The American consortium proposing a takeover of West Ham were rebuffed for a second time after following up their first approach with a £400m offer at the end of last month.
It is understood the would-be buyers, who are involved in US sport, were not disheartened after failing with an opening offer of £350m at the start of August. The group remain interested in buying West Ham, who are owned by David Gold and David Sullivan, and have made their intentions clear by returning with a higher offer.
Their second bid was not enough to tempt West Ham into a sale. Although Sullivan and Gold have seen their standing with supporters fall since the move to the London Stadium in 2016, it will take a much higher price to convince them to alter their stance.
The bidders have entered a cooling-off period and plan to monitor developments before making a fresh bid in the next month. A source has told the Guardian that the group has drafted a seven-year business plan to improve the club’s finances. West Ham, who pay £2.5m a year to rent their ground, made a pre-tax loss of £28.8m in the last financial year and have encountered difficulties because of Covid-19.
The consortium, who are exploring the possibility of buying the London Stadium, acknowledge that completing a takeover will be hard. An obvious complication is that the deal under which West Ham moved to the London Stadium includes an agreement that Sullivan and Gold will have to pay a 20% penalty to the taxpayer if the club is sold for more than £300m before March 2023. The bidders accept that Sullivan and Gold, who bought the club in 2010, will want a return on their investment.
But the bidders believe that Gold, Sullivan and Karren Brady, the club’s vice-chair, could be under greater pressure if West Ham’s results are poor in the next month. The trio encountered anti-board protests from supporters earlier this year and were strongly criticised following the recent sale of Grady Diangana to West Bromwich Albion.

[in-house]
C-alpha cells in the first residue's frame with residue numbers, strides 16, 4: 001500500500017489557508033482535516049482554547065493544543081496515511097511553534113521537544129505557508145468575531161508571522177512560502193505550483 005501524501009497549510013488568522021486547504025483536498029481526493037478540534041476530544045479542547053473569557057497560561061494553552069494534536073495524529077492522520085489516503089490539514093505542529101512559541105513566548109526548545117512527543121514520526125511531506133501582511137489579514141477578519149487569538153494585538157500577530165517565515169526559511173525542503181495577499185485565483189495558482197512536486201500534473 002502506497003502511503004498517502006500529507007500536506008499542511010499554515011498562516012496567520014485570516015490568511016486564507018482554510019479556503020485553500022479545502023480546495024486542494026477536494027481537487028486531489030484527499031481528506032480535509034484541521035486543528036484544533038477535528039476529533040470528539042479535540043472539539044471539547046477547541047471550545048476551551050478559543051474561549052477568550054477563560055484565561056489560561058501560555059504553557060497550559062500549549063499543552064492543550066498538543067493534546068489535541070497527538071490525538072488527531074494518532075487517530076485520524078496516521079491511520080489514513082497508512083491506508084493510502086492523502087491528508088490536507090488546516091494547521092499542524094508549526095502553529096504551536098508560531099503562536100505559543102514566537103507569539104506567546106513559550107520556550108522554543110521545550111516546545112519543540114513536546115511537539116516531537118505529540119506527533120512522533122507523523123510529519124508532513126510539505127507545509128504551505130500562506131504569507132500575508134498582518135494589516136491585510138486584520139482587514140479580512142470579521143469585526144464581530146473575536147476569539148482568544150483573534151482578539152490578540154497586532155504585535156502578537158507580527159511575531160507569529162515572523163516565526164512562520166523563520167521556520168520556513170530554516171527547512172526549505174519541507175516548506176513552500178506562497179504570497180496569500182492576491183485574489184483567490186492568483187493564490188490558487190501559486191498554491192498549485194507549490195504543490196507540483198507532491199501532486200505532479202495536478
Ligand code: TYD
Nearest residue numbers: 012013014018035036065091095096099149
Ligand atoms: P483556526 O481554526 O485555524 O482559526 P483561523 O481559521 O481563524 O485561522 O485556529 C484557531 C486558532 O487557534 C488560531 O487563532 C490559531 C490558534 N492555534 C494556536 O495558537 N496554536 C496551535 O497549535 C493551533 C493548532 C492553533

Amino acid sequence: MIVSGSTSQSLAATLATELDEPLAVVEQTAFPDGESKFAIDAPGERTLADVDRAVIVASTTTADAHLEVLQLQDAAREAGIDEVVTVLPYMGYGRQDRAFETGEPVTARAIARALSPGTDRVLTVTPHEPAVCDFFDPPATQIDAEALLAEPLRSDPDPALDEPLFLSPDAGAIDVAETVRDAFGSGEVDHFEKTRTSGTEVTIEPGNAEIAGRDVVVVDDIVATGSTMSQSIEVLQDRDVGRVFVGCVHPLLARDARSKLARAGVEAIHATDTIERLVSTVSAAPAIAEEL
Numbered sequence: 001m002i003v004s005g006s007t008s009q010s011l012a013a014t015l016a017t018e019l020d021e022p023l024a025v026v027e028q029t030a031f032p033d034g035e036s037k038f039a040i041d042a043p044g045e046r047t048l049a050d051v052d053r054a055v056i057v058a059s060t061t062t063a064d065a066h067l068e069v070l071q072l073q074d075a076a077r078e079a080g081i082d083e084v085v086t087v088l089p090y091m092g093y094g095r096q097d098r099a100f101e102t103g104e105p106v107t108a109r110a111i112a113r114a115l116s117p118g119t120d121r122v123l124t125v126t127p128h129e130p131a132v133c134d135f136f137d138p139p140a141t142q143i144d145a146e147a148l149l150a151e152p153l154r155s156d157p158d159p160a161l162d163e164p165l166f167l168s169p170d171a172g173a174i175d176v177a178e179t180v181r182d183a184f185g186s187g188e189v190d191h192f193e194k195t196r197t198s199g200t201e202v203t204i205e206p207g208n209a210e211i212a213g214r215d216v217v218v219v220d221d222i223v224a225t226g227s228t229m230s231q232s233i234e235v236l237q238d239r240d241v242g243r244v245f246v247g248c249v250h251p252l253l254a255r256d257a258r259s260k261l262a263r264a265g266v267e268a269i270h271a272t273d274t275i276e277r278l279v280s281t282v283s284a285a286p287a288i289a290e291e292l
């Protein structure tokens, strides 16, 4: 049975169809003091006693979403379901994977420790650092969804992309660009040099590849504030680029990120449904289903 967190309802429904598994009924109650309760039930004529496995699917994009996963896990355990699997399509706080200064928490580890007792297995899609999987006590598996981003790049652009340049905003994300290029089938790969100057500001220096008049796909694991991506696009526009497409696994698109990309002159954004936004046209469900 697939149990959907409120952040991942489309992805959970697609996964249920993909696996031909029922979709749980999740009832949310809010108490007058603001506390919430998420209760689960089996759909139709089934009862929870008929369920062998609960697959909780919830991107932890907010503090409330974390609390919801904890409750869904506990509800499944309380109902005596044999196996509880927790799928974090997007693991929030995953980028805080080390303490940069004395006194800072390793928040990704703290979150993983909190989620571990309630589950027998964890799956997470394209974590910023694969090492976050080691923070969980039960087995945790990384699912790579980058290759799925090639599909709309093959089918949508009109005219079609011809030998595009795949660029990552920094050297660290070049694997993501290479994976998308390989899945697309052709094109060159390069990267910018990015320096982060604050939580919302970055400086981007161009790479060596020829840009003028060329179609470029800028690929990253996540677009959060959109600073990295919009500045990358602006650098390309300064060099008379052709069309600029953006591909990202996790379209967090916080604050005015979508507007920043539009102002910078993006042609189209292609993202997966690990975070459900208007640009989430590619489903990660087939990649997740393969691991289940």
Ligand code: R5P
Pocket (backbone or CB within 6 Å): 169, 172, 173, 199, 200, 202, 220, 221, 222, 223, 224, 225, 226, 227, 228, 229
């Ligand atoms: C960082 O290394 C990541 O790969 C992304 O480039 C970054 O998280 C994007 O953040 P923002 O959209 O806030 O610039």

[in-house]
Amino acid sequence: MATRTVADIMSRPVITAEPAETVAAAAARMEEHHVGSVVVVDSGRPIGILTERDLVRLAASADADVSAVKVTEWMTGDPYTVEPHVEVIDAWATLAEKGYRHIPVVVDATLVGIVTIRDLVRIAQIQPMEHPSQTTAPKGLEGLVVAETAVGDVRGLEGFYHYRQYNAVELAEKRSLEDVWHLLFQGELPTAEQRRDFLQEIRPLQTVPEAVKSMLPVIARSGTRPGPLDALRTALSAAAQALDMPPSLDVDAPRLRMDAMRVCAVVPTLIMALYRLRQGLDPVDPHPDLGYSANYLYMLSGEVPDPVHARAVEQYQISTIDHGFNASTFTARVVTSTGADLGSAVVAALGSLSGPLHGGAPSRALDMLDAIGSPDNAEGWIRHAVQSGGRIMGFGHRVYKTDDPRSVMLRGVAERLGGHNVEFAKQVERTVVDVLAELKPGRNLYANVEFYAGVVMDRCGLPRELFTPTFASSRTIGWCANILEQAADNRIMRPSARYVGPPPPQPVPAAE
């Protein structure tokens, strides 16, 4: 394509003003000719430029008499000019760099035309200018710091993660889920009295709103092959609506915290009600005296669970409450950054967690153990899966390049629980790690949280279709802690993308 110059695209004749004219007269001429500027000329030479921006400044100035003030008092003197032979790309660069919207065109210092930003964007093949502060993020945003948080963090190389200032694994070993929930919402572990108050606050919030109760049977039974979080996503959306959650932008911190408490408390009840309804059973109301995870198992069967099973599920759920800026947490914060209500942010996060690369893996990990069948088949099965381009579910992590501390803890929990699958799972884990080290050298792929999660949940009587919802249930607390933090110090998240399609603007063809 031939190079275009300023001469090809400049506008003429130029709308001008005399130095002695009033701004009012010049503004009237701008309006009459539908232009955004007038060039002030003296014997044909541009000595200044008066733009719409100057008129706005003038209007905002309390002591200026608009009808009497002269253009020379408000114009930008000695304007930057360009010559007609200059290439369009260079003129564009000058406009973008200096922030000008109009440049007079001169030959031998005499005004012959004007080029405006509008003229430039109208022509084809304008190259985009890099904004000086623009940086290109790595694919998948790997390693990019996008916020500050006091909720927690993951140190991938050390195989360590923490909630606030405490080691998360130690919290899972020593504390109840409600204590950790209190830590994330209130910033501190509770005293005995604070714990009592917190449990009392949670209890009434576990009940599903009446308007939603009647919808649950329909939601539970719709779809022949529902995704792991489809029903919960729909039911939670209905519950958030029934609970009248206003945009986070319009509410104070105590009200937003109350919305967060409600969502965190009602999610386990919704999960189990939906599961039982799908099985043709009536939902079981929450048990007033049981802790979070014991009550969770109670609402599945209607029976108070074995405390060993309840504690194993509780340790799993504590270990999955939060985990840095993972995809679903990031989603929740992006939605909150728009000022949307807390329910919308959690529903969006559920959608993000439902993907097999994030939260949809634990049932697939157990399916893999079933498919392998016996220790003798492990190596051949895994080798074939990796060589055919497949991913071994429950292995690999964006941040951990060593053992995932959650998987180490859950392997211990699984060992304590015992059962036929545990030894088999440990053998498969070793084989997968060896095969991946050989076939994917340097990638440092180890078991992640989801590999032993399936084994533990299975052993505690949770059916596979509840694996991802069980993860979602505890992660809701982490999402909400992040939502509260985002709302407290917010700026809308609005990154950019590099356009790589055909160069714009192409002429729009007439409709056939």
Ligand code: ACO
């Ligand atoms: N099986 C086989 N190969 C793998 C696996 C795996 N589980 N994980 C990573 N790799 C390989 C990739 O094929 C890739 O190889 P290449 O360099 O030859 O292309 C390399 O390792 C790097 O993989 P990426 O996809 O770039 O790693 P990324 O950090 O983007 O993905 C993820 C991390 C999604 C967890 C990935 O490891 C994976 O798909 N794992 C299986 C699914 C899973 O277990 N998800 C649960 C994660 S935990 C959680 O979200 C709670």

West Ham’s board promised they would challenge at the top of the Premier League after leaving Upton Park. They have made no signings since narrowly avoiding relegation last season and face a daunting run of Premier League fixtures after losing 2-0 to Newcastle in their opening game. Their next six games are against Arsenal, Wolves, Leicester, Tottenham, Manchester City and Liverpool.
London Stadium sources have questioned the strength of the group’s interest and pointed out that Premier League clubs receive inquiries on a regular basis. Club sources have also said the group has not supplied proof of funding.
The bidders insist their interest is genuine. The value of their first offer was based on the proposed £300m takeover of Newcastle by a Saudi Arabian-led consortium, plus an extra £50m because of West Ham’s London location. The offer was rebuffed by Sullivan, who owns a majority shareholding of 51.5%.
Sullivan made it clear he was not interested in a sale and raised the possibility of the bidders investing in a minority stake but the consortium will consider a partial sale only in return for a controlling interest.